UK fishermen "struggling" in face of rising fuel prices – Fishupdate.com

UK fishermen “struggling” in face of rising fuel prices Published:  05 May, 2008

Struan Stevenson

A EURO MP has criticised the UK government for refusing to support UK fishermen in the light of ever-rising fuel prices, despite the French and Spanish governments’ moves to subsidise their fishing industries.

Speaking today in the Fisheries Committee in the European Parliament, Brussels, Scottish Euro-MP Struan Stevenson said: “Rocketing fuel prices, which have reached record highs of over US$119 per barrel recently, are hitting our UK fishermen hard.

“While the selling price of fish products has remained the same, fuel costs are, on average, a third higher than they were last year.

“While skippers claim they can pay a maximum of 23p per litre of diesel to maintain a viable business, current fuel costs have raised the price to 44p per litre.

“For a medium-sized beam trawler, the fuel costs may therefore be more than a third of its grossing. According to some industry leaders, going out to sea today is causing skippers debt, rather than profit.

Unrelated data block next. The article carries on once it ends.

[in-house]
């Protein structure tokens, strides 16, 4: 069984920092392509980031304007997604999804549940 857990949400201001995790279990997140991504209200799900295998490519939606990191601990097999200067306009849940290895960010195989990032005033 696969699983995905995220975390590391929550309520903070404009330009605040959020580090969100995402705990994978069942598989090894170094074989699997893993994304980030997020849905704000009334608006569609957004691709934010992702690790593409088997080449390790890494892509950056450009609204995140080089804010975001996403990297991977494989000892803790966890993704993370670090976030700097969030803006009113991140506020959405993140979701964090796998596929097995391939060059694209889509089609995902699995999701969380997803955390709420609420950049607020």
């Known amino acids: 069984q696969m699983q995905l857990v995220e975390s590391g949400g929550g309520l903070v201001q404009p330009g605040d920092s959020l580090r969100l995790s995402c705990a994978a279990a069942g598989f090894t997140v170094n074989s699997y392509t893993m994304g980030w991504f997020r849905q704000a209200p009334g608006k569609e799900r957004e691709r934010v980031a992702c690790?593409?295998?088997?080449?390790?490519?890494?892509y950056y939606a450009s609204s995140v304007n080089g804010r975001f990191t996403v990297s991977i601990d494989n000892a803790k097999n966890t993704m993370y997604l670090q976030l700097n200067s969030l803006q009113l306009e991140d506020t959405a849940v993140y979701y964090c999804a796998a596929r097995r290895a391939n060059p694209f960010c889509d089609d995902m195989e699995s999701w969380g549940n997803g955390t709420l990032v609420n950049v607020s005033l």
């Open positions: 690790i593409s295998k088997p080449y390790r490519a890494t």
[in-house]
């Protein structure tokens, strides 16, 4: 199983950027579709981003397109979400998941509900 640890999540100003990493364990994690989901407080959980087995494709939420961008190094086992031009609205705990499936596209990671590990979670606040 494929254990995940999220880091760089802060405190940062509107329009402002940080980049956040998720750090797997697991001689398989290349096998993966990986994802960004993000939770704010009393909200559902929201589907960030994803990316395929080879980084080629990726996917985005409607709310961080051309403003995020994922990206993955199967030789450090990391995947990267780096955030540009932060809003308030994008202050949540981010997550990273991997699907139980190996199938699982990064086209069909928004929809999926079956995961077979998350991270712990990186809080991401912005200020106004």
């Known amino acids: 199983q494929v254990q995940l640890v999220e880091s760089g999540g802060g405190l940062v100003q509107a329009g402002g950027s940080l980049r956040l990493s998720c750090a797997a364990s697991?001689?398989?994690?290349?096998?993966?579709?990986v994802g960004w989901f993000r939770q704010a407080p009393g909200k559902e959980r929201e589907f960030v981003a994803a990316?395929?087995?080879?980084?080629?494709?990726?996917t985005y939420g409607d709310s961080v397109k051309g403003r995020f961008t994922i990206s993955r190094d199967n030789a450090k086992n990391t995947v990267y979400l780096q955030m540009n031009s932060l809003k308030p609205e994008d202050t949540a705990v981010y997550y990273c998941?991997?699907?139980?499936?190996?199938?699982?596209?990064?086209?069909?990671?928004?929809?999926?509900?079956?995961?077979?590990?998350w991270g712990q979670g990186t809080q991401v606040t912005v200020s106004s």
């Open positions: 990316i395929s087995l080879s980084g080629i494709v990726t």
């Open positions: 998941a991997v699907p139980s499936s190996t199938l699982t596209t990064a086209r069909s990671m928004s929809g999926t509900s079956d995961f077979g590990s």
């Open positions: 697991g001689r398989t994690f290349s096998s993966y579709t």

“Meanwhile, the French and Spanish governments have reacted to global fuel price rises by subsidising their fishing industry. The UK government, on the other hand, is refusing any form of assistance to fishermen.”

In a deal struck between the French government and industry representatives following a number of protests in Brittany earlier this year, French trawlermen were promised a £230m handout payable over three years.

The money would come from EU funds and a new 2% tax on supermarket fish sales. The deal would see British fishermen pay £765 more to fill a 4,500 litre trawler fuel tank than their French counterparts.

Joe Borg, the European Commissioner for Fisheries and Maritime Affairs, has criticised the French and Spanish state subsidies and launched a Commission investigation into whether they are compatible with EU state aid rules.

He stressed: “If we were to allow subsidies to be given, then we’re saying that we are going to subsidise this industry permanently. And that is certainly not the way forward.”

However, Mr Stevenson pointed to a recent decision by the European Commission to ignore government aid to French pig farmers under “de minimis” rules, with Agriculture Commissioner Mariann Fischer Boel arguing that small-scale assistance would not distort the single market.

“If they apply the same argument to the French and Spanish fuel subsidy, then we must demand help from the UK government for our beleaguered fishermen,” he commented.

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